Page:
35. 35. Wilks Lambda, Rao's V and significance level of the Discriminant Function Analysis between directly recruited (N = 73) and promoted officers (N=167) on the eight factors related to leader behaviour Eigen value -- 0.096 Percentage of Variance -- 100 Canonical correlation coefficient -- 0.295 Table 5.5 shows the results of discriminant hnction analysis of the leader behaviour between the two groups ie directly recruited and promoted officers of Telecom service. From among the total of eight factors taken for the study only three factors are included in %heanalysis. They are factor I, VII and VIII. These factors have contributed significantly for the discrimination between the two groups. These two factors are democrat leadership style, (Factor VIII at P < 0.01 level), deserter leadership style (Factor I at P < 0.01). Eigen value of 0.096 shows the discriminatingpower of the function. The canonical correlation coefficient 0.295 shows that there was high degree of
  36. 36. association between the two sets of scores ie discriminant functions and the dependent variables (leadership styles of Telecom officers).This correlations shows that the discriminant function discriminated the two groups quite effectively. The promotive Telecom officers as mentioned carrier, because of their field experiences at the cuttings edge level in the administrative hierarchies might have picked more result in the above said behaviour orientations. Hence these factors play predominant role in &scriminatir?g between promotive Telecom Engineers and directly recruited Telecom Engineers. 5.4 CONCLUSION The behaviour topology to be defended is built on three independent dimension called task orientation, relationship orientation and effectiveness. Reddin's 3-D model has been formulated on these three dimensions. From the studies on the eight type topology of leaders behaviour, we have inferred all the eight leadership orientations among the Telecom Engineers of Madras, ,Teiephones organisation. These eight leadership styles are termedas Autocrat, compramiser, Missionary, Deserter, Benevolent autocrat, Developer, Bureaucrai, and Democrat. The emerged leadership styles are also found to effectively correlate among themselves. It is seen that deserter leadership style is positively related to the bureaucrat leadership style which shows that the higher the effectiveness of the deserter leadership in the appropriate situation is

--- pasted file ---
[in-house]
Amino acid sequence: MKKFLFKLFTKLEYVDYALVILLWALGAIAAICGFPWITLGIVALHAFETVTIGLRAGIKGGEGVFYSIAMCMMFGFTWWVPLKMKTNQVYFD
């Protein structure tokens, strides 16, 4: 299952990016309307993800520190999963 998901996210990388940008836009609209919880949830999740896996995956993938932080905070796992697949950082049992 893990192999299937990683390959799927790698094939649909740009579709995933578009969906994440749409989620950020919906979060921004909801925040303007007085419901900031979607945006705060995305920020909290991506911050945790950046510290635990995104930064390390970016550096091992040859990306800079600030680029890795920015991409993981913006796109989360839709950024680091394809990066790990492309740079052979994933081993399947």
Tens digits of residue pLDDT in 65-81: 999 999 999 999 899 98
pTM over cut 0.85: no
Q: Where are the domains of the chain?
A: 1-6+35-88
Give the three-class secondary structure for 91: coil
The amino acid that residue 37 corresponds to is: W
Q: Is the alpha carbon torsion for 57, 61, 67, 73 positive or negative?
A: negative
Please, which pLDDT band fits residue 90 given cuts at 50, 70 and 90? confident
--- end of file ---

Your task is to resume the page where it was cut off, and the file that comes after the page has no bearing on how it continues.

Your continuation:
37. 37. perceived and known as bureaucrat. The empirical evidence is sychronised with the basic concept of the formulation of the eight leadership styles. Among the Telecom Engineers, the promotive officers are gathering differentiated from the directly recruited officers on the basis of Democrat leadership styles. It is seen from the study that the Executives and supertisors are getting differentiated among themselves as far as democrat leadership style IS concerned. Hence the null hypothesis EII stands rejected. Further, it IS seen that the promotive Telecom officers seems to have the democratic leadership style at a more higher level within themselves than that of directly recruited Telecom. Engineers. Eence, the null hypothesis TtT stands rejected. To be very specific, the supervisors seem to have the democrat leadership orientation at a higher level than that of Executives. Similarly the promotive Telecom officers seem to have the democrat leadership orientation at a higher level than that of directly recruited Telecom officers. Since supervisors and the promotive officers of Telecom Engg. Service have started their official carrier at the lower rungs of the departmental hierarchy they might have got more opportunities to i n k a c t with the public / customers / officials at the grass root level. Their understanding of the field realities would definitely be much less of distortions and might vibe more closely with realities. It is because of this, these types of supervisors 1 the promotive Telecom Officers might have democrat leadership style than the directly recruited officers.